Under the cover of darkness, the anonymous small Honda sped past the protesters and television cameras through the school gates. In the back, screened by a suit hanging in the window reminiscent of a travelling salesman, Michael Gove was delivered to Coppice Primary School in Four Oaks.
It would seem that Coppice has a flexible approach to the school timetable as it held a whole school assembly at 6.00pm on a Friday. The assembly was scheduled for 2.00pm but their distinguished visitor, the Secretary of State for Education, got wind that some terrorists from the National Union of Teachers wanted to shout at him for the mess he is making of education. He was there to officially re-open the school after a £10million re-build funded by Birmingham City Council and approved by his predecessor. 6.00pm on a Friday is unusual even for a ministerial photo opportunity.
So the children, their parents and the members of staff not waving placards and baying for blood waited in the school hall for the great man to arrive. They waited for four hours and it seems the only grumbles came from little tummies wanting their tea and parents who left early to get home in time to watch the Simpsons. This week, Gove will present his white paper on the future of education and it is expected that he will demand to see an improvement in punctuation and spelling. Head teachers might first wish to see an improvement in punctuality.
The white paper will set out a return to “traditional” O and A levels and do away with modular “bite size” examinations and course work assessment. Instead, students will be able to enjoy the pleasure of being tested on two years of study on a single day in a single exam. History will be given a higher profile in the curriculum which is just as well because pupils will be operating in a system that was considered not fit for purpose 60 years ago. If they get stuck, they could always ask Grandma or Granddad for advice. Gove has, for the moment, stopped short of introducing compulsory Latin, the memorising of log tables and writing 100 times “I must not remove my cap when crossing the quadrangle”.
Gove wishes to improve discipline and reduce bureaucracy. The wasteful practice of recording incidents of bullying, racism, sexism and violent behaviour will go as will the requirement for adults working with children to undergo a CRB check. The clearing away of red tape will extend to the disturbing “free” schools where an actual teaching qualification will be unnecessary. Clearly a victory for common sense.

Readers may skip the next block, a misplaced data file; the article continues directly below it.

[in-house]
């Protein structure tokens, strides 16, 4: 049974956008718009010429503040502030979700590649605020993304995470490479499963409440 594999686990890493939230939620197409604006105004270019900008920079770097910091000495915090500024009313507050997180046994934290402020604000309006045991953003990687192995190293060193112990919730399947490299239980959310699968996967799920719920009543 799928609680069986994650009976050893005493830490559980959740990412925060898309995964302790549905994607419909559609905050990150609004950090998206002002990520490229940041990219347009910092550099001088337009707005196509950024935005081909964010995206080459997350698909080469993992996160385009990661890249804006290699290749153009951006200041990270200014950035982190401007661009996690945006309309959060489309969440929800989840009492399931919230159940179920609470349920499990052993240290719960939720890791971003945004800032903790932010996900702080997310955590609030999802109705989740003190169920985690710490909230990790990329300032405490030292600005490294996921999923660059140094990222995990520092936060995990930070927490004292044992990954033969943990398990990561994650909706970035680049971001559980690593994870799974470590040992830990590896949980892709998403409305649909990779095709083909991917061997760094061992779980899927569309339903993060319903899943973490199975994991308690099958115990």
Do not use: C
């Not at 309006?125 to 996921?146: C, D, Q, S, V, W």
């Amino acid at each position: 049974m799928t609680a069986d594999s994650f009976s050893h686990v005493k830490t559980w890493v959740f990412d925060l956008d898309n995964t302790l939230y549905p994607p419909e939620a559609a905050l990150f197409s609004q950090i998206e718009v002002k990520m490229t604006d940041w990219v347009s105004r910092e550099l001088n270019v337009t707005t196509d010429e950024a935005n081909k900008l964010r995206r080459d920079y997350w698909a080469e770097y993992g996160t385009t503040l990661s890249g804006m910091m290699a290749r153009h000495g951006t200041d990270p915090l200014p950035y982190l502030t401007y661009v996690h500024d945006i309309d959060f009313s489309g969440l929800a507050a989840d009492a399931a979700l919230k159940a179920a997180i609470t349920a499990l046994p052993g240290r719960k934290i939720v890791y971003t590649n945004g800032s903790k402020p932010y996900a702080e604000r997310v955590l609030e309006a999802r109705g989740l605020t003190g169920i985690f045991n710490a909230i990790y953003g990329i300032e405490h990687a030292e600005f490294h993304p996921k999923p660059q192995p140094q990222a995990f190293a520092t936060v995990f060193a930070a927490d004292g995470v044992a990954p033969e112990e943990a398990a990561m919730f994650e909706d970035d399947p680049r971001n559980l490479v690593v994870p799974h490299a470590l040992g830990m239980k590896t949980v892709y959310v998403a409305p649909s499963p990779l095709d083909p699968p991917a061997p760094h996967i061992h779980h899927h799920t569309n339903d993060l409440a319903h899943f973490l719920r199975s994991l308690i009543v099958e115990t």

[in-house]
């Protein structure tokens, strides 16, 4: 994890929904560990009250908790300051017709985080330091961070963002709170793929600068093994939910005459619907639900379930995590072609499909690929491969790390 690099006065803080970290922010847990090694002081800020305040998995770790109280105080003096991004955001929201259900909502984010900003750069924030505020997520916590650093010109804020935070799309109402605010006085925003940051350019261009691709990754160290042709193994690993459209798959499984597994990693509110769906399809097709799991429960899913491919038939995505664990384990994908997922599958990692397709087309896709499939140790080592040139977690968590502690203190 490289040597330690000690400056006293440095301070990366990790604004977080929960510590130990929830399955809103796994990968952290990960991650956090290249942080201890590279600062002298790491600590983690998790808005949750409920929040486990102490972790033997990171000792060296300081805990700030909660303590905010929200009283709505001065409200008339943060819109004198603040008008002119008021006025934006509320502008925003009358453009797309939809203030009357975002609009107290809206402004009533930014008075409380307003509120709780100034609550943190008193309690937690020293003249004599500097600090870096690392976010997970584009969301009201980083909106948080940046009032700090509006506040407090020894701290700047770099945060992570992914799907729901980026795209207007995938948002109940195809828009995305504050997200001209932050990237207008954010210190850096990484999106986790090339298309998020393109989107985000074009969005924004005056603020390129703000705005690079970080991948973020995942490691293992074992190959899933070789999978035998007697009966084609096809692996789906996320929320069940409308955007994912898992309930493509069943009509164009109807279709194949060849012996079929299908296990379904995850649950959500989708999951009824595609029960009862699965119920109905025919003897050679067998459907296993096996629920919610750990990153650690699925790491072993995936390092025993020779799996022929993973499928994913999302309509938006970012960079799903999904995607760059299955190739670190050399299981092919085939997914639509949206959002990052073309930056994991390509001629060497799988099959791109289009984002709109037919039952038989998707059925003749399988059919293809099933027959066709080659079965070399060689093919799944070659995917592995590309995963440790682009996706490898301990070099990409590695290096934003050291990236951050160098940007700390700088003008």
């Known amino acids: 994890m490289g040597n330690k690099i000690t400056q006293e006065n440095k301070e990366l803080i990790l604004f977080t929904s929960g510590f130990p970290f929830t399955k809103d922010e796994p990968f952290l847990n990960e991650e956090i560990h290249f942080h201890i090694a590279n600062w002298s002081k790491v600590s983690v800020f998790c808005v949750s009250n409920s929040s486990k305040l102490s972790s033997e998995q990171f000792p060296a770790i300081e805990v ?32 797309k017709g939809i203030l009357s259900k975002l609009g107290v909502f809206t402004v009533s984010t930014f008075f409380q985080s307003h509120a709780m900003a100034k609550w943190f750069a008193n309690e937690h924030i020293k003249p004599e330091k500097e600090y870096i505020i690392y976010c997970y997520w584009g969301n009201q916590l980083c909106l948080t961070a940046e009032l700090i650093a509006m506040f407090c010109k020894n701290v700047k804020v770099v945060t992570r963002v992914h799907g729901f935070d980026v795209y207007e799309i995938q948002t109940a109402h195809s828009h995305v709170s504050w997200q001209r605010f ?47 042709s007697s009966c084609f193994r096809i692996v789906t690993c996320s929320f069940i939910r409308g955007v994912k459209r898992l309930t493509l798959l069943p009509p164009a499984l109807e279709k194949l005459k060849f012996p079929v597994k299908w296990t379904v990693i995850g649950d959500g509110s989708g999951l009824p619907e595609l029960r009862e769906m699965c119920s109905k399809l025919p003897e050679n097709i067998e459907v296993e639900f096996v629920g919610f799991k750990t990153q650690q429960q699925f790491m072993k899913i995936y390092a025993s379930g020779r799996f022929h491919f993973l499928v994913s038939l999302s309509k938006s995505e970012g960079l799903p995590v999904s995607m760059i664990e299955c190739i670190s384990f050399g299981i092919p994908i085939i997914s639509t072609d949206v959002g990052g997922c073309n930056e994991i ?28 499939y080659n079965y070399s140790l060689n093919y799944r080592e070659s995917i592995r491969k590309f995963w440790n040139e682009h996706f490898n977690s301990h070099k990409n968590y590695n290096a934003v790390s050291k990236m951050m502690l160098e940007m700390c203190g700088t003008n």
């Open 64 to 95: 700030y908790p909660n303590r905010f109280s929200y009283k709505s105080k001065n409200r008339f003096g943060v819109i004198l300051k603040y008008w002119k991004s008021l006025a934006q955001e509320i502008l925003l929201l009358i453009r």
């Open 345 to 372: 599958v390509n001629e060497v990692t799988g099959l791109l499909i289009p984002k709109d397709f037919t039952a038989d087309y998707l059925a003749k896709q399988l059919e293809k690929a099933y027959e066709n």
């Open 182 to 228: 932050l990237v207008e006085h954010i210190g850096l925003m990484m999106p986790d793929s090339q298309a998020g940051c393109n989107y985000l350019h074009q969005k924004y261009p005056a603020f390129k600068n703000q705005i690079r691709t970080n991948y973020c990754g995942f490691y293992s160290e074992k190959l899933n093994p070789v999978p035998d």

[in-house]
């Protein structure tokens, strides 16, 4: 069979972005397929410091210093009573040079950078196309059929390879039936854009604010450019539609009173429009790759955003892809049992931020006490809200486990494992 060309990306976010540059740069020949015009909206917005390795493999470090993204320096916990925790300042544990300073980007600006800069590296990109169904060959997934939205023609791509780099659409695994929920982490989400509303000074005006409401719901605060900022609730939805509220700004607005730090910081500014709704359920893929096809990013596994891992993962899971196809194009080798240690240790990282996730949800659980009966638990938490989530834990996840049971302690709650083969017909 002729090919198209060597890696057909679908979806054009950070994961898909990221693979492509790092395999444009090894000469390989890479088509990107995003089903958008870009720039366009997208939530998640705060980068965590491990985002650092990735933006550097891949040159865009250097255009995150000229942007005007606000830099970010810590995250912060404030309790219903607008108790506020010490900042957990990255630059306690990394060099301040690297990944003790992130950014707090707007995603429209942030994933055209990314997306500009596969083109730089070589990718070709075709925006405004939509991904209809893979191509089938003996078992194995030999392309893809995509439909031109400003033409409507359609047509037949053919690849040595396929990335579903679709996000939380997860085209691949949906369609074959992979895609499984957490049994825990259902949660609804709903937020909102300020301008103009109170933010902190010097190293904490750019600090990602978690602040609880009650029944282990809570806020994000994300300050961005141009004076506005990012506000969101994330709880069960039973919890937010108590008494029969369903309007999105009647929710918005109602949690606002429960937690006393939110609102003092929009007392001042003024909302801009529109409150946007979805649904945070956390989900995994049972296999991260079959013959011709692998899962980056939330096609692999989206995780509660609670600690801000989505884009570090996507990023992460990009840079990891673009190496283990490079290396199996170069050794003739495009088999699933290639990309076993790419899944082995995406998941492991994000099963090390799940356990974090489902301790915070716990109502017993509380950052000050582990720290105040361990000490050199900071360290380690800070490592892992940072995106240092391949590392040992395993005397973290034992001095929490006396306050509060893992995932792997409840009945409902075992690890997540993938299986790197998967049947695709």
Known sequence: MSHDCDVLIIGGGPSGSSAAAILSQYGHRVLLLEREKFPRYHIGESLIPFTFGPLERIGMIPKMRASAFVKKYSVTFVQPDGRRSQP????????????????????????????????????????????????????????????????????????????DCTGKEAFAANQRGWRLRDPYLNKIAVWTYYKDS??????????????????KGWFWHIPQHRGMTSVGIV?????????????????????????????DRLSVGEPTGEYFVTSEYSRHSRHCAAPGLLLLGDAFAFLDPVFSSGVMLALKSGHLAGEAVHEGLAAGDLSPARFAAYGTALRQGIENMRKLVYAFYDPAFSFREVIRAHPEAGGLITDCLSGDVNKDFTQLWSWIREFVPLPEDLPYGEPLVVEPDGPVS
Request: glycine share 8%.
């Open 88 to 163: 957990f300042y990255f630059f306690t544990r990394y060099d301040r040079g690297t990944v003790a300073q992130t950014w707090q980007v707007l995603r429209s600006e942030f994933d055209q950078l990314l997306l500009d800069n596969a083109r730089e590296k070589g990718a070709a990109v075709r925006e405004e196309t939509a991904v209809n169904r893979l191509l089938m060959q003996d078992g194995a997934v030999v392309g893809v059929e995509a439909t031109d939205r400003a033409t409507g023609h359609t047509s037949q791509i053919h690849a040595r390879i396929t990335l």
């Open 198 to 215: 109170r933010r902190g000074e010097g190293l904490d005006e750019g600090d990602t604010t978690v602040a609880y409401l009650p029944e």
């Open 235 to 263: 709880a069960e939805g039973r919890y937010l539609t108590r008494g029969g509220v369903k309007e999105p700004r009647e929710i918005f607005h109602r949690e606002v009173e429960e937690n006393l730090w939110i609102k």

As Gove delivers his vision to the House of Commons, students in colleges, universities and schools across the country will stage a walk-out in protest at what the coalition government is doing to education and therefore the future of the nation. They must ensure that the spelling and punctuation on their banners is of a standard that satisfies the Secretary of State.
As for the children of Coppice Primary, they probably viewed the long wait for Michael Gove as an unusually lengthy after school club. Let us hope they made the most of it as Gove has cut £162million, that is 100 per cent, of the schools sports budget that funds after school sports clubs. Clearly a victory in the battle against childhood obesity and encouraging news for our prospects of gold medals in the newly introduced 2012 Olympic sports of pizza eating and Game boy.
Nostalgia isn’t what it used to be, but with an education system that Harold Macmillan would recognise, perhaps 50`s retro is now all the rage. All we need is an heir to the throne getting married, North Korea fighting South Korea and Alma Cogan at the top of the hit parade.
Michael Gove was born in 1967.